NASA managers re-think next shuttle launch date

Posted: September 16, 2003

HOUSTON -- In the coming weeks, NASA managers hope to establish a new target launch date for the resumption of space shuttle missions after they acknowledged Tuesday that a mid-March liftoff wasn't plausible.

While recently laying out its return-to-flight game plan, NASA said shuttle Atlantis could be launched as soon as March 11, 2004. But the space agency came under fire from lawmakers in Washington for a perceived belief -- correctly or not -- that shuttles were being rushed back into action.

Parsons briefs reporters at Johnson Space Center on Tuesday. Photo: NASA TV/Spaceflight Now
Shuttle program manager Bill Parsons told reporters here Tuesday that the winged spaceplanes wouldn't fly in March or April, and said NASA leaders will meet early next month to select the new target.

"Over the next couple of weeks we will be putting together all the rationale of when a good launch date might be appropriate. Right now, we are looking at all the different pieces of hardware that has to be developed, the different things we have to do," Parsons said.

The next available launch opportunity extends from approximately May 19 to June 28. By launching during that period, Atlantis will make its ascent and separate from the external fuel tank in daylight. As part of the return-to-flight philosophy, engineers want the best possible photographic coverage of the shuttle and jettisoned tank to look for any debris shed from the tank during the climb to orbit.

Another daylight launch period extends from approximately July 18 to August 26.

Atlantis' mission -- STS-114 -- was originally envisioned to launch about one month after Columbia's landing to ferry a new resident crew to the International Space Station. Columbia's tragic disintegration in the skies over Texas on February 1 changed all of that. Officials said Tuesday that Atlantis' mission was being revamped to only deliver critical supplies to the station, allow the astronauts to test shuttle inspection techniques and practice repairing thermal protection tiles during a spacewalk in the orbiter's payload bay.

Atlantis' four-person crew -- commander Eileen Collins, pilot Jim Kelly and mission specialists Stephen Robinson and Soichi Noguchi -- likely will receive two or three new crew mates to help with the flight's busy workload.

"The crew size and make up is being discussed," said Parsons. "We know there won't be a crew rotation on the next mission. So that is out. We also know it takes at least six crew members to do all things that we need to do safely."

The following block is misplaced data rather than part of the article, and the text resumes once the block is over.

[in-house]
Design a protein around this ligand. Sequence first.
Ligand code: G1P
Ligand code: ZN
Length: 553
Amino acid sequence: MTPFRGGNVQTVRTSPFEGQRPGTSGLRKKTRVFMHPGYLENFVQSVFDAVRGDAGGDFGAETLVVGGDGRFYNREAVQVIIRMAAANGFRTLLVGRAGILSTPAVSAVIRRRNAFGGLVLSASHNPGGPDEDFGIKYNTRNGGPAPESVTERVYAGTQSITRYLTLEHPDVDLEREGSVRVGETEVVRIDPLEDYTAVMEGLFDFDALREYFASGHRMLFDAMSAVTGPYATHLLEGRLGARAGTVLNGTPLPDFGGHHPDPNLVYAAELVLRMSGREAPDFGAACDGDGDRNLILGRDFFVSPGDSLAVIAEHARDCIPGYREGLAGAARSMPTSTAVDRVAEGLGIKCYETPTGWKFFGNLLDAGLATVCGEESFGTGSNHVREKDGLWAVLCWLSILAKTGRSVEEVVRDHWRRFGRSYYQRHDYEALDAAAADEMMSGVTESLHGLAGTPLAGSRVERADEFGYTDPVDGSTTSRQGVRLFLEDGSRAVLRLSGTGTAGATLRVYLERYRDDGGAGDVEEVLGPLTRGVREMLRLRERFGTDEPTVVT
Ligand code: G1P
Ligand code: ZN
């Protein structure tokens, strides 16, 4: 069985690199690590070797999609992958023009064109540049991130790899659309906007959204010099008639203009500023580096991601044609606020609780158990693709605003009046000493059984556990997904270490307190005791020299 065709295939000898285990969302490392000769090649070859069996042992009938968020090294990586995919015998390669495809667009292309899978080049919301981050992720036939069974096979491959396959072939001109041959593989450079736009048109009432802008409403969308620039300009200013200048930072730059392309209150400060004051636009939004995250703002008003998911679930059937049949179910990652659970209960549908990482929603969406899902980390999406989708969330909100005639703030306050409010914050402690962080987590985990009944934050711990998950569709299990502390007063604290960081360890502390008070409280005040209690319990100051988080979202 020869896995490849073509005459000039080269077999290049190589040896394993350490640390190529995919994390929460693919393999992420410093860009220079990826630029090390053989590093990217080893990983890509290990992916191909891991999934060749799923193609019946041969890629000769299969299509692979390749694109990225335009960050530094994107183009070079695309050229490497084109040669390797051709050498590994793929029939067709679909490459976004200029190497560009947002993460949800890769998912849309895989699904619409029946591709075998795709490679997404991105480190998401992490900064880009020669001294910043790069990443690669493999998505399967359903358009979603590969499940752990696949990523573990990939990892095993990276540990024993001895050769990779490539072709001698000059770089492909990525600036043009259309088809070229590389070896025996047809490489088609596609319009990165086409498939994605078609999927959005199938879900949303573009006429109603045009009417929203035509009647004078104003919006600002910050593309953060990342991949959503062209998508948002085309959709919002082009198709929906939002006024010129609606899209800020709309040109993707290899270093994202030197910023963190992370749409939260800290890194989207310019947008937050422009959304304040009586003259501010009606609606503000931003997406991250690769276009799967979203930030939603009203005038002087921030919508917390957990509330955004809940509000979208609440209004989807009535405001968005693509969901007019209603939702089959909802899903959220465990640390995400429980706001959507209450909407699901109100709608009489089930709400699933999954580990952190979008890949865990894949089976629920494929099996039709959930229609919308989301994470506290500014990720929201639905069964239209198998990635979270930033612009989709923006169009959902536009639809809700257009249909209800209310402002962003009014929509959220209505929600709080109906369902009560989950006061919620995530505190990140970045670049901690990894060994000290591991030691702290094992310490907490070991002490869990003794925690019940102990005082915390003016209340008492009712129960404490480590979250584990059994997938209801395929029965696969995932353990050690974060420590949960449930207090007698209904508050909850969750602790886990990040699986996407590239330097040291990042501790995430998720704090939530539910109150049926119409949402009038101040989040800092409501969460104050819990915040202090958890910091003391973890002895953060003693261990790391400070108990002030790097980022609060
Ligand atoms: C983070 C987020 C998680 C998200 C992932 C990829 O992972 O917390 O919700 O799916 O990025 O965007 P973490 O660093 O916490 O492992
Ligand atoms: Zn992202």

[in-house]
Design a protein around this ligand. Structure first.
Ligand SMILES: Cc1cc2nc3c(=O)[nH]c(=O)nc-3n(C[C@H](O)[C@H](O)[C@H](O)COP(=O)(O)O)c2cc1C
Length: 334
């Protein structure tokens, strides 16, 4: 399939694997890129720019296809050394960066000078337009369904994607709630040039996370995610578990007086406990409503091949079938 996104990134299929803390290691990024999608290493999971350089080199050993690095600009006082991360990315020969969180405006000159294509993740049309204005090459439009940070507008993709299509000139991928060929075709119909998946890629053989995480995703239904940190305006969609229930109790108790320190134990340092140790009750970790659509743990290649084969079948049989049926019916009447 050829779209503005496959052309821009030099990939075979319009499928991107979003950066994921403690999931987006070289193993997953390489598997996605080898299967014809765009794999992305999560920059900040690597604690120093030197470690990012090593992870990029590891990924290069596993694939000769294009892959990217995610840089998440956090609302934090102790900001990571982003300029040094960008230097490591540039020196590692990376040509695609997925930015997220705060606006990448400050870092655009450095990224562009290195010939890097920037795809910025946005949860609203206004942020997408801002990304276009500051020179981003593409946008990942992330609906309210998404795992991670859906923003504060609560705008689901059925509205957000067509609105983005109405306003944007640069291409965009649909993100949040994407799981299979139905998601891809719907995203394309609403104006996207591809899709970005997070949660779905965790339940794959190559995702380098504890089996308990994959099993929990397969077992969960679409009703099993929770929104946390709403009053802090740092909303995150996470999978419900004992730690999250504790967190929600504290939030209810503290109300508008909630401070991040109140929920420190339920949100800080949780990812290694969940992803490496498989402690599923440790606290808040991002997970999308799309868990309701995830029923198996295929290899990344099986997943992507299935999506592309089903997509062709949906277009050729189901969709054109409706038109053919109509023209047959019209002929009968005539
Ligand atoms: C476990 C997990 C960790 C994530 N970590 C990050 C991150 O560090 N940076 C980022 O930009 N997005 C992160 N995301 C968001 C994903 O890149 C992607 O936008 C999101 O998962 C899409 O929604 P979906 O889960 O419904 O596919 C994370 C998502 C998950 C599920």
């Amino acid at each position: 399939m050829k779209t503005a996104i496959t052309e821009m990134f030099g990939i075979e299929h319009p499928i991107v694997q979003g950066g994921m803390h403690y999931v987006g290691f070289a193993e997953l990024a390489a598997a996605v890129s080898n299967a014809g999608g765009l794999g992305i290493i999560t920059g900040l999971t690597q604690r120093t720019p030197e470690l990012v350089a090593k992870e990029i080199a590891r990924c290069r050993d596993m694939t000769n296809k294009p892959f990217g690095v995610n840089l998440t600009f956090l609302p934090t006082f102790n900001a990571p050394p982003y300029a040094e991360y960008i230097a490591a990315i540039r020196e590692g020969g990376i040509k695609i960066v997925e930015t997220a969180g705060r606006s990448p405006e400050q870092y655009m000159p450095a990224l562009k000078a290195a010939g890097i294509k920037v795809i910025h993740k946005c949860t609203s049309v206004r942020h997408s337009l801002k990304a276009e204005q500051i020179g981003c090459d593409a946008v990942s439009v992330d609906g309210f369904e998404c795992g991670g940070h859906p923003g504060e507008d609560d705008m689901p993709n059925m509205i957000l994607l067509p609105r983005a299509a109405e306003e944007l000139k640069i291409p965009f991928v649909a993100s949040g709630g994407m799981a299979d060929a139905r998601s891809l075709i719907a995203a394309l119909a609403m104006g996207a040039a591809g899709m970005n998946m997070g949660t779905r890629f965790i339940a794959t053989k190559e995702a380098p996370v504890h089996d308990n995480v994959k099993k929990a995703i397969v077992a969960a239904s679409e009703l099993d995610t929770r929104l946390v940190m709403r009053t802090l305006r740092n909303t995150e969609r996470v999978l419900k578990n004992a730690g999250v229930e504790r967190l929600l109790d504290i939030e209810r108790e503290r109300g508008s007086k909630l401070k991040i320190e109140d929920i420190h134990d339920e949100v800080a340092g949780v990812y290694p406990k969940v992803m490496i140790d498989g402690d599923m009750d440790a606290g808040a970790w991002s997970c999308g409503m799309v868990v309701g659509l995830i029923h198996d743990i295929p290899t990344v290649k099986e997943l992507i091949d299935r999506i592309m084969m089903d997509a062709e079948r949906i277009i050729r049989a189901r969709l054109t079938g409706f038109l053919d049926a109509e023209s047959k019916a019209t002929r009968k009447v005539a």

The STS-114 crew: Kelly, Robinson, Noguchi and Collins. Photo: NASA
With shuttles grounded, the station's Expedition crews were slimmed from three to two people due to limited supplies aboard the station. But one astronaut launched on Atlantis could remain on the station to restore the outpost's full-time three-person staff.

NASA is also considering adding another shuttle test flight that would be inserted into the schedule following STS-114 and before station construction activities resume on STS-115 with the delivery of a massive, 35,000-pound solar array truss structure.

The extra flight, while conducting more shuttle test objectives, also would complete station tasks deferred from STS-114 and accomplish some "get-ahead" work slated for the logistics and crew rotation flight of STS-116, officials said.

"We've got to take this slow and easy. We need to understand what we're doing and how we're doing it before we go into some of these more complex station missions," said Parsons.

Station program manager Bill Gerstenmaier indicated that both STS-114 and the potential new flight -- pending final approval -- will carry Italian-built cargo modules. The so-called Multipurpose Logistics Modules are launched in the shuttles' payload bays and then mounted to the station to deliver supplies, hardware and experiments to the outpost. The reusable modules are brought back to Earth by the shuttle.

Starting with the solar array mission of STS-115, a half-dozen shuttle flights are planned to significantly grow the station and finish the U.S. core of the complex.

Building the station in space had progressed remarkably well over the past couple of years without any major hiccups. Prior to the Columbia accident, that "U.S. core complete" status was expected in February 2004 with the launch of the Node 2 module.

Gerstenmaier said the final push to finish the station was ready to begin once Columbia returned home from its 16-day science mission -- a rare non-station mission by the shuttle.

"As a program manager, I likened it to an athlete that was trained for a marathon. We were as poised at the beginning 2003 as we could ever be for this period of assembly. We had the right consumables on orbit, we had the ground teams trained, we had the hardware ready to go fly. We were ready, really ready. We were at our peak performance.

"Now, we are not executing and in this hold mode. So how do you keep that same level of preparedness during this expended period of time? What we have doing now is just backed off a little bit. We will pick the right point, once we are ready to get back into the assembly sequence, and we will start that building up again and honing to get ready to execute.

"That is why I think it is very helpful to get these two shuttle test flights that are more geared to shuttle than station. That gives us a chance to get back in the groove, get back into the assembly sequence. My challenge is how do we get ready to get back into assembly again when we don't know when that will be?"

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